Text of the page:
Congress leader Karan Singh, 88 – son of Maharaja Hari Singh acceded Jammu and Kashmir to India – on Thursday (August 8) welcomed Center’s move to accord Union Territory status to Leh and Ladakh.
In a tweet, the Congress leader said, “There are several positive points in (Center’s move). I don’t agree with a blanket condemnation of these developments.”
The former Indian envoy to the US, however, also said there was a need for political dialogue to continue in Kashmir. “It is unfair to dismiss the two main regional parties (of Kashmir) as being anti-national. Their workers have over the years made heave sacrifices, and besides both of them have been from time to time political allies of national parties and governments at the Centre and in the State,” the former Union minister said.
With the statement, the former Rajya Sabha member has joined an increasing list of Congress leaders who have gone against the party’s stand on Article 370. Earlier this week, senior Congress leaders Janardan Dwivedi, Jyotiraditya Scindia and Deepender Hooda have gone against the party’s stand.
Earlier, Singh – who is known to be a critical voice within the Congress party – wanted to know from Prime Minister Narendra Modi and the government the reasons for “spreading fear” in the Valley. He said that he had seen many ups and downs during his 70 years in active politics, “but this is the first time I am witnessing conditions such as these.”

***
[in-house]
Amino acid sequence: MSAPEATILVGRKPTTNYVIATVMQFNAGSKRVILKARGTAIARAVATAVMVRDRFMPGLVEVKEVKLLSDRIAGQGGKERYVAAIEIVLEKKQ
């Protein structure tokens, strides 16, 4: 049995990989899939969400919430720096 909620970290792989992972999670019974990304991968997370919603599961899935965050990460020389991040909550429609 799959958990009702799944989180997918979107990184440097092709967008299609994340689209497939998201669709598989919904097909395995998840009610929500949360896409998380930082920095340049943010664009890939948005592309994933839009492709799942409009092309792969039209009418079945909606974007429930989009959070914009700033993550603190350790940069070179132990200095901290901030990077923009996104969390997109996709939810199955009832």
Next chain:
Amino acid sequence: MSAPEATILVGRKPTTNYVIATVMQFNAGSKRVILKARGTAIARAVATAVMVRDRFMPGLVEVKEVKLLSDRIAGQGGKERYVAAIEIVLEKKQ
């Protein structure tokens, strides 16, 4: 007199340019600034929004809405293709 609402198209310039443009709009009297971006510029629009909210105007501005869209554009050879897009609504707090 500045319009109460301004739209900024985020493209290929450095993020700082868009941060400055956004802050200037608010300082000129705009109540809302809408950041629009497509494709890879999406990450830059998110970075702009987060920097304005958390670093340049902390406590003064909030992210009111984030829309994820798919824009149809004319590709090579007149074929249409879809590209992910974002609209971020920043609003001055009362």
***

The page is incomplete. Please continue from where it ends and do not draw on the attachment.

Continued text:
“In fact I had suggested Union Territory status to Leh and Ladakh as far as 1965 when I was Sadar-i-Riyasat of Jammu and Kashmir, when I had publically proposed reorganisation of the State… The gender discrimination in Article 35A needed to be addressed as also the long-awaited enfranchisement of lakhs of West Pakistan refugees and reservations for Scheduled Tribes will also be welcomed.”
Meanwhile, the Congress has summoned all its state leaders to the national capital on Friday (August 8) to explain the party’s line on scrapping special status for J&K, a move designed to ensure that party leaders do not speak in different voices.
The party faced some awkward moments over the last few days after several leaders appeared to welcome the government’s effort to push revocation of Article 370 through the Parliament. Ghulam Nabi Azad, the leader of opposition in the Rajya Sabha, said those who supported erasing the constitutional safeguard for J&K were neither familiar with the history of Kashmir, or the Congress.
But the Congress was admittedly caught off guard by the government which pulled out two proposals to scrap special status and split the Himayalan state into two union territories.